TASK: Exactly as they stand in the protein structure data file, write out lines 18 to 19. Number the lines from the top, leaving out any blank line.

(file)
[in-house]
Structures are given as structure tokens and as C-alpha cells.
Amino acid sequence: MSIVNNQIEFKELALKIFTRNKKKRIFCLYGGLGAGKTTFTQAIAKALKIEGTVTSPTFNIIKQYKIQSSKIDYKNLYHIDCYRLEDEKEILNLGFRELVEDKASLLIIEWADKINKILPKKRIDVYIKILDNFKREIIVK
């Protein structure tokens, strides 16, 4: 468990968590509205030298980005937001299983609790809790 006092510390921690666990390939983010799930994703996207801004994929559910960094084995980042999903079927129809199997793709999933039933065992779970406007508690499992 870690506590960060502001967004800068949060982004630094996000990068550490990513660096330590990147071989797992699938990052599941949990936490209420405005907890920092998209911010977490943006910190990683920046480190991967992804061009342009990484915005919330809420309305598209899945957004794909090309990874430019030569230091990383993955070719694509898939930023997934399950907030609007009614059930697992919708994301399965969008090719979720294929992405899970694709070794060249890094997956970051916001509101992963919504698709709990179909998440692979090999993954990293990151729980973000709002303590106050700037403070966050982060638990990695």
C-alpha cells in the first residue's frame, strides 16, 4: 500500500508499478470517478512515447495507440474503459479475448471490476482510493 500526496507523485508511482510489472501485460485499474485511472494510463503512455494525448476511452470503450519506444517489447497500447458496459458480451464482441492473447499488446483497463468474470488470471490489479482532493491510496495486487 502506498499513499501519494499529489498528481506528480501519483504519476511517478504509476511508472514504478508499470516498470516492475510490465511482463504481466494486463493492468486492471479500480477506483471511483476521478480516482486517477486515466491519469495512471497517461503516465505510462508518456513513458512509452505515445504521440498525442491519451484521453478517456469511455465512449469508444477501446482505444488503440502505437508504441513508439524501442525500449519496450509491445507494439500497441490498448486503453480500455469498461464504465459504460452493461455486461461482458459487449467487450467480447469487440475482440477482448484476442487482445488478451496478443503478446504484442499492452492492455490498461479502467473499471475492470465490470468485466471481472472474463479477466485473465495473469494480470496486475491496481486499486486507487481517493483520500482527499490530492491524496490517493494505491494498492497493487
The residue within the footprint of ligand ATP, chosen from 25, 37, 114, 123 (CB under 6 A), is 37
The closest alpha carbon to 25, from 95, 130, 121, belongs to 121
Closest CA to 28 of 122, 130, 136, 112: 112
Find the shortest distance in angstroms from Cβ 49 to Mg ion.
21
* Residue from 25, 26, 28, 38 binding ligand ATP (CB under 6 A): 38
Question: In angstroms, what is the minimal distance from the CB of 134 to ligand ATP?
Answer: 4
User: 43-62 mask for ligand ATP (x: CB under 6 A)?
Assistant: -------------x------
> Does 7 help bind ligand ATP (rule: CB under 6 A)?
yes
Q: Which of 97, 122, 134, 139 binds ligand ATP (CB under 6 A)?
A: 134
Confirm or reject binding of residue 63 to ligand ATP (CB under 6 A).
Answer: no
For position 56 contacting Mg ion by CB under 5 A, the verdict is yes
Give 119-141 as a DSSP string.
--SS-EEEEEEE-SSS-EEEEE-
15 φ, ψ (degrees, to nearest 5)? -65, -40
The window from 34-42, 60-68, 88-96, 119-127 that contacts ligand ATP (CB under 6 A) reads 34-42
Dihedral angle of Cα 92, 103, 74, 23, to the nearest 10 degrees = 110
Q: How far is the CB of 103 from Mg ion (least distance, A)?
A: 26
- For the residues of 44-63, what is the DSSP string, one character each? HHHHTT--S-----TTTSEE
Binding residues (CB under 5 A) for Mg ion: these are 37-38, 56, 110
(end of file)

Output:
Q: Which of 97, 122, 134, 139 binds ligand ATP (CB under 6 A)?
A: 134